(2) If there is reason to believe that such person comes under the provisions of section 41, a police officer shall re- arrest him. (3) If there is reason to believe that he has committed a non- cognizable offence, and he refuses on the demand of a police officer to give his name and residence, or gives a name or residence which such officer has reason to believe to be false, he shall be dealt with under the provisions of section 42; but if there is no sufficient reason to believe that he has committed any offence, he shall be at once released.”

Section 46 of the CrPC provides for the manner of arrest.

Section 47 enables the Police Officer to search the place entered by a person sought to be arrested.

Section 48 of the CrPC reads as follows:

“48. Pursuit of offenders into other jurisdictions. A police officer may, for the purpose of arresting without warrant any person whom he is authorised to arrest, pursue such person into any place in India.”

The person arrested is not to be subjected to more restraint than is necessary to prevent his escape, declares Section 49 of the CrPC. Every Police Officer or other person, arresting a person without a warrant, is bound forthwith to communicate to him all particulars of the offence for which he is arrested or other grounds for such arrest. This is provided for in Section 50 of the CrPC.

A Police Officer, when he arrests a person without warrant and he is not accused of committing a non-bailable offence, is duty-bound to inform him of his entitlement to be released on Bail. The Police Officer is also under an obligation to inform, under Section 50A of the CrPC, a nominated person about the factum of arrest. This came into force on 23.06.2006. Section 51 deals with search of the arrested person.

Section 54 of the CrPC declares that when any person is arrested, he shall be examined by a Medical Officer. Section 54A of the CrPC, inserted w.e.f. 23.06.2006, specifically provides for identification of the arrested person. Section 55A of the CrPC, inserted w.e.f. 31.12.2009, makes it the duty of the person, having the custody of the person, to take reasonable care of the health and safety. Section 56 of the CrPC makes it the duty of the Police Officer, arresting without warrant, to produce the person arrested before a Magistrate having jurisdiction without unnecessary delay or before the Officer In-charge of a Police Station.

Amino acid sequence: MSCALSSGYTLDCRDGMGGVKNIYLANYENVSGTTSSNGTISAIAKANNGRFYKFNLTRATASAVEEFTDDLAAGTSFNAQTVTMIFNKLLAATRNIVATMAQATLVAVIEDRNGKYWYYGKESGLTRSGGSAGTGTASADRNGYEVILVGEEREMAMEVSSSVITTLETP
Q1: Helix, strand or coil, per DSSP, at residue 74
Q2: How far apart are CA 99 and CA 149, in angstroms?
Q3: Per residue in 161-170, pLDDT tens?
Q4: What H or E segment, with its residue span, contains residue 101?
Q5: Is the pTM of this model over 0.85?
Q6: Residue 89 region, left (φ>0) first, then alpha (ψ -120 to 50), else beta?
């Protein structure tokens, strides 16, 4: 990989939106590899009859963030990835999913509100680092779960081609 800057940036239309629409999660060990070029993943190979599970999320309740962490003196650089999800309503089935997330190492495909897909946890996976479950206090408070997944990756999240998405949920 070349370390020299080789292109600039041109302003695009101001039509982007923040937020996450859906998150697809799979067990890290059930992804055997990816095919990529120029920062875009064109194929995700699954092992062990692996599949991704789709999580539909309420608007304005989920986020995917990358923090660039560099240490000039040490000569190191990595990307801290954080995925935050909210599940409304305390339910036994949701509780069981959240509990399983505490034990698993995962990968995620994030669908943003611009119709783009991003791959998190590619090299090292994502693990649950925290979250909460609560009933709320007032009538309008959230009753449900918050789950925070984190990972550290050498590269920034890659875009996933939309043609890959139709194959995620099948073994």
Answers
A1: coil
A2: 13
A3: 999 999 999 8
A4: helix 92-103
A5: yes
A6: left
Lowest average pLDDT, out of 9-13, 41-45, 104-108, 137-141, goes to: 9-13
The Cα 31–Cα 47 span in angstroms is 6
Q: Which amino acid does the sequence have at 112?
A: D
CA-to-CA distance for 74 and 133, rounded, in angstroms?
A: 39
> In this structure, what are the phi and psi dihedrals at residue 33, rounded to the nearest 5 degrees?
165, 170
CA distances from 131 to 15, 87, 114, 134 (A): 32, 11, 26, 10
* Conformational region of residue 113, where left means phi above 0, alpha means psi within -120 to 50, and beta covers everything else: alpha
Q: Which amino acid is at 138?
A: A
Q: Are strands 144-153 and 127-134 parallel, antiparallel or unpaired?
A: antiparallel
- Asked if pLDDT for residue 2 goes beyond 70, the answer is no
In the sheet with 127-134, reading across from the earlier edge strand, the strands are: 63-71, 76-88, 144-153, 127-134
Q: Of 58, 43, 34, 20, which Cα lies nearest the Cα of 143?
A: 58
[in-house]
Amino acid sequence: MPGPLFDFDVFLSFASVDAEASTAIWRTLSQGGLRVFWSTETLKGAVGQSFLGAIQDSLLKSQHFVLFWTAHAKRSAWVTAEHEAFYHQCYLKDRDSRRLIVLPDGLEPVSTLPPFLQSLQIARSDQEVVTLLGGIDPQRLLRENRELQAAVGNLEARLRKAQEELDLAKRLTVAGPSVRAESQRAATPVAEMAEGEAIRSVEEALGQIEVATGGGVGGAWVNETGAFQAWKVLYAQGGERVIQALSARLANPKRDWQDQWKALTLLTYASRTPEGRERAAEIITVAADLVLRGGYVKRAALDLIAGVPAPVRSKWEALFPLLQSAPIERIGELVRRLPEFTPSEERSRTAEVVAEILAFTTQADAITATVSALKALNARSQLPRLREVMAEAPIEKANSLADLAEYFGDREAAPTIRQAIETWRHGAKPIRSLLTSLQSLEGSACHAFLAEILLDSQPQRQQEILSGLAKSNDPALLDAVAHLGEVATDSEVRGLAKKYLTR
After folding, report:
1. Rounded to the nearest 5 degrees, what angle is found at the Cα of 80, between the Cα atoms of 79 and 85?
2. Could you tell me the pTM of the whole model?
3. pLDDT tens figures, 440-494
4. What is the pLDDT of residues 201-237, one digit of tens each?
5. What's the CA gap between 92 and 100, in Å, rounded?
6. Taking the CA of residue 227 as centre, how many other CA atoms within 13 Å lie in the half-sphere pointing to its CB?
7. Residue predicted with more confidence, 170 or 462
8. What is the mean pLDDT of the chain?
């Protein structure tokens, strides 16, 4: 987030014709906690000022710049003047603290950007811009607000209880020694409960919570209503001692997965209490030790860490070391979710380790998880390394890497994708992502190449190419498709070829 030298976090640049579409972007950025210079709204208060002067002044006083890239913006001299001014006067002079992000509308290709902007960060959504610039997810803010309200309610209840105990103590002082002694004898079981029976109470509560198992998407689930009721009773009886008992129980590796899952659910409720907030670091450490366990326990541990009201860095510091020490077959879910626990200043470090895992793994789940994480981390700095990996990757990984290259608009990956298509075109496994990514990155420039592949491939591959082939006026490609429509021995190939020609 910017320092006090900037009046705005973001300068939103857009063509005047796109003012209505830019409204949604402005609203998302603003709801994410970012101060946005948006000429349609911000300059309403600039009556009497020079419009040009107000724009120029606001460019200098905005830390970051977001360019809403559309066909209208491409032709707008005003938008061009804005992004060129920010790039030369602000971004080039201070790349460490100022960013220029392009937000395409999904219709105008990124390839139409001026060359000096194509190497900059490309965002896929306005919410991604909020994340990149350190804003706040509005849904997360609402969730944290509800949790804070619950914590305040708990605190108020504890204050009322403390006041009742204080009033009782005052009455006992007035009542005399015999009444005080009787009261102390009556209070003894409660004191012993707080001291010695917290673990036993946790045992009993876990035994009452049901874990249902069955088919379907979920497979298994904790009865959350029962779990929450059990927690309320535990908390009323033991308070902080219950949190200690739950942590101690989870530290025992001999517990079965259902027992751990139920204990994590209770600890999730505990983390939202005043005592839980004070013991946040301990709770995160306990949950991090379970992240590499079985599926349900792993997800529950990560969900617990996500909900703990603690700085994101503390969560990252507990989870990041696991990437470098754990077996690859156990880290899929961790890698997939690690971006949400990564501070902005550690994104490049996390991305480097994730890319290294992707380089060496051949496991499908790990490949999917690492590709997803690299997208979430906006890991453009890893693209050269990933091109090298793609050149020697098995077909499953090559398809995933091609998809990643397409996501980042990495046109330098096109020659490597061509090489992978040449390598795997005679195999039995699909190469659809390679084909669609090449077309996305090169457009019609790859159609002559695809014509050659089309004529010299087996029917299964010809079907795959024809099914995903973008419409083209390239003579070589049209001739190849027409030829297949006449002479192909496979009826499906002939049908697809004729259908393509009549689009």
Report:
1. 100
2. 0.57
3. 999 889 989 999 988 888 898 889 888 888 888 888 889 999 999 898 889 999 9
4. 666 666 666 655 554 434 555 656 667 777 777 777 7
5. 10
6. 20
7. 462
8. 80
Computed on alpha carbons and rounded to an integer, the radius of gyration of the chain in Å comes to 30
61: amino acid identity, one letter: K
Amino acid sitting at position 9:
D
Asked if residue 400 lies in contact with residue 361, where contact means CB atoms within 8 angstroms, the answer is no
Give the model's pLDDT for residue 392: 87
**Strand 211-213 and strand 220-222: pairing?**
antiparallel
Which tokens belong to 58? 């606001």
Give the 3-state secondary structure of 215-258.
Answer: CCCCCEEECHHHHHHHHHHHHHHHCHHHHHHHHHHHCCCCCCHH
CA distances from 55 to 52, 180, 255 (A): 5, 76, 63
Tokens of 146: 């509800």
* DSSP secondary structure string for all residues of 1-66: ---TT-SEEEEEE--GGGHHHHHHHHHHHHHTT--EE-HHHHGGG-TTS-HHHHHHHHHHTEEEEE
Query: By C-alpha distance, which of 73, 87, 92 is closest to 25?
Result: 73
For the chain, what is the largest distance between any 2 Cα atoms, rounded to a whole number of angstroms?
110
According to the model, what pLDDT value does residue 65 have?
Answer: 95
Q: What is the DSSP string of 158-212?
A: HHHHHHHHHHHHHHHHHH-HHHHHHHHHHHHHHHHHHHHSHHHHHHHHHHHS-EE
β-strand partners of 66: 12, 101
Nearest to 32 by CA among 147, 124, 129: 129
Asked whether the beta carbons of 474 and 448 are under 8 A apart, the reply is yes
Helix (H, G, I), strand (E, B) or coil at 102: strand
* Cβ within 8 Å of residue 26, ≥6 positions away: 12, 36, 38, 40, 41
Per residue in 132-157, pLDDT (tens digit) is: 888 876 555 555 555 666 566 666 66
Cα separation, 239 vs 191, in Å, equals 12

This is, no doubt, subject to the provisions as to Bail. Section 57 of the CrPC, reads as follows:

“57. Person arrested not to be detained more than twenty- four hours. No police officer shall detain in custody a person arrested without warrant for a longer period than under all the circumstances of the case is reasonable, and such period shall not, in the absence of a special order of a Magistrate under section 167, exceed twenty- four hours exclusive of the time necessary for the journey from the place of arrest to the Magistrate’ s Court.”

The Officer In-charge of Police Station is to report about all persons arrested without warrant to the District Magistrate or the Sub-Divisional Magistrate as directed by the District Magistrate.

Section 59 of the CrPC provides that no person, who has been arrested by a Police Officer, shall be discharged, except on his own bond or on Bail or under the Special Order of the Magistrate. Section 60A of the CrPC provides that no arrest is to be made, except in accordance with the provisions of the CrPC or any other law being in force, providing for arrest.

Chapter XI of the CrPC provides for preventive action of the Police.

Section 151 of the CrPC, inter alia, empowers a Police Officer, knowing of a design by a person to commit a cognizable offence, to arrest him without orders from a Magistrate and without a warrant.

Section 157 of the CrPC provides, inter alia, that the Police Officer, proceeding to investigate a case, may take measures for the arrest of the offender. Section 167 of the CrPC deals with a case where investigation is not completed within twenty-four hours, as fixed in Section 57 of the CrPC. It provides that in such a situation, if there are grounds for believing that the accusation or information is well founded, the person arrested, is to be forwarded to the Magistrate, inter alia. Section 167 empowers Magistrate to order remand of the accused person, as provided therein.

To invoke Section 167(1), it is not an indispensable pre-requisite condition that in all circumstances, the arrest should have been effected only by a police officer and none else and that there must necessarily be records of entries of a case diary. Therefore, it necessarily follows that a mere production of an arrestee before a competent Magistrate by an authorised officer or an officer empowered to arrest (notwithstanding the fact that he is not a police officer in its stricto sensu) on a reasonable belief that the arrestee “has been guilty of an offence punishable” under the provisions of the  IPC or any special Act is sufficient for the Magistrate to take that person into his custody on his being satisfied of the three preliminary conditions, namely-

(1) the arresting officer is legally competent to make the arrest;

(2) that the particulars of the offence or the accusation for which the person is arrested or other grounds for such arrest do exist and are well-founded; and

(3) that the provisions of the special Act in regard to the arrest of the persons and the production of the arrestee serve the purpose of Section 167(1) of the Code.

Again the word ‘accused’ or ‘accused person’ is used only in a generic sense in Section 167(1) and (2) denoting the ‘person’ whose liberty is actually restrained on his arrest by a competent authority on well-founded information or formal accusation or indictment. Therefore, the word ‘accused’ limited to the scope of Section 167(1) and (2) — particularly in the light of Explanation to Section 273 of the Code includes ‘any person arrested’. Section 167(1) of the CrPC contemplates forwarding the diary which was interpreted to be not the general diary and the special diary under Section 167(2) of the CrPC.

Last it  shall be remembered that the arrest of a person involves an encroachment on his/her personal liberty. Article 21 of the Constitution of India declares that no person shall be deprived of his personal liberty and life except in accordance with procedure established by law. There can be no doubt that the power to arrest any person therefore must be premised on a law which authorizes the same. Police has  a statutory duty to inform the arrestee of the grounds for such arrest as contemplated under Article 22(1) of the Constitution and Section 50 of the Code. If police failed to dischurge its statutory duty the Magistrate must Perform it before remanding the arrested person.